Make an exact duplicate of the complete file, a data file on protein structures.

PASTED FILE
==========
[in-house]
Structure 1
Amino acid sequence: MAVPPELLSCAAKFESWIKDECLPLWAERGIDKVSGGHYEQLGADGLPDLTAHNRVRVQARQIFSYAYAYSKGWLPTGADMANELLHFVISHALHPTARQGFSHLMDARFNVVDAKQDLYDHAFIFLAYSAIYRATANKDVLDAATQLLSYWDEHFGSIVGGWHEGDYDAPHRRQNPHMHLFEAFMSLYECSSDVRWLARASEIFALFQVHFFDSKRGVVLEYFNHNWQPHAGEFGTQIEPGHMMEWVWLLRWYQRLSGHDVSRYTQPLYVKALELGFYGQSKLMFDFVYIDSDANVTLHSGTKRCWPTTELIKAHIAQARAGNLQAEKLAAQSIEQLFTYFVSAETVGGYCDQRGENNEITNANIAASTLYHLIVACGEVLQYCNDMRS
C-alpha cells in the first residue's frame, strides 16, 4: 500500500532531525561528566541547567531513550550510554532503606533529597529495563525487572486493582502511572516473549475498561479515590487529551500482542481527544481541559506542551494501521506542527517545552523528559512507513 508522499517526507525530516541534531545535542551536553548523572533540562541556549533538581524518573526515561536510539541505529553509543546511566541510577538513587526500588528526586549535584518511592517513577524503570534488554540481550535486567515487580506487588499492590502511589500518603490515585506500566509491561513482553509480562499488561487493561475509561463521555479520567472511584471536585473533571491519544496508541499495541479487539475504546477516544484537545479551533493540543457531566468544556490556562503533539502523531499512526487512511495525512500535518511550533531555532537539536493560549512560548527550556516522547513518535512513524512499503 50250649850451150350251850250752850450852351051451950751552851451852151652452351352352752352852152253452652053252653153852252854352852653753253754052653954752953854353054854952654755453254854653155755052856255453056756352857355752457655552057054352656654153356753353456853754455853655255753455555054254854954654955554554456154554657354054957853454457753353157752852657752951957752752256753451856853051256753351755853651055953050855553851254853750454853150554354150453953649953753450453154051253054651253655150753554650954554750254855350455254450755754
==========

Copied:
[in-house]
Structure 1
Amino acid sequence: MAVPPELLSCAAKFESWIKDECLPLWAERGIDKVSGGHYEQLGADGLPDLTAHNRVRVQARQIFSYAYAYSKGWLPTGADMANELLHFVISHALHPTARQGFSHLMDARFNVVDAKQDLYDHAFIFLAYSAIYRATANKDVLDAATQLLSYWDEHFGSIVGGWHEGDYDAPHRRQNPHMHLFEAFMSLYECSSDVRWLARASEIFALFQVHFFDSKRGVVLEYFNHNWQPHAGEFGTQIEPGHMMEWVWLLRWYQRLSGHDVSRYTQPLYVKALELGFYGQSKLMFDFVYIDSDANVTLHSGTKRCWPTTELIKAHIAQARAGNLQAEKLAAQSIEQLFTYFVSAETVGGYCDQRGENNEITNANIAASTLYHLIVACGEVLQYCNDMRS
C-alpha cells in the first residue's frame, strides 16, 4: 500500500532531525561528566541547567531513550550510554532503606533529597529495563525487572486493582502511572516473549475498561479515590487529551500482542481527544481541559506542551494501521506542527517545552523528559512507513 508522499517526507525530516541534531545535542551536553548523572533540562541556549533538581524518573526515561536510539541505529553509543546511566541510577538513587526500588528526586549535584518511592517513577524503570534488554540481550535486567515487580506487588499492590502511589500518603490515585506500566509491561513482553509480562499488561487493561475509561463521555479520567472511584471536585473533571491519544496508541499495541479487539475504546477516544484537545479551533493540543457531566468544556490556562503533539502523531499512526487512511495525512500535518511550533531555532537539536493560549512560548527550556516522547513518535512513524512499503 50250649850451150350251850250752850450852351051451950751552851451852151652452351352352752352852152253452652053252653153852252854352852653753253754052653954752953854353054854952654755453254854653155755052856255453056756352857355752457655552057054352656654153356753353456853754455853655255753455555054254854954654955554554456154554657354054957853454457753353157752852657752951957752752256753451856853051256753351755853651055953050855553851254853750454853150554354150453953649953753450453154051253054651253655150753554650954554750254855350455254450755754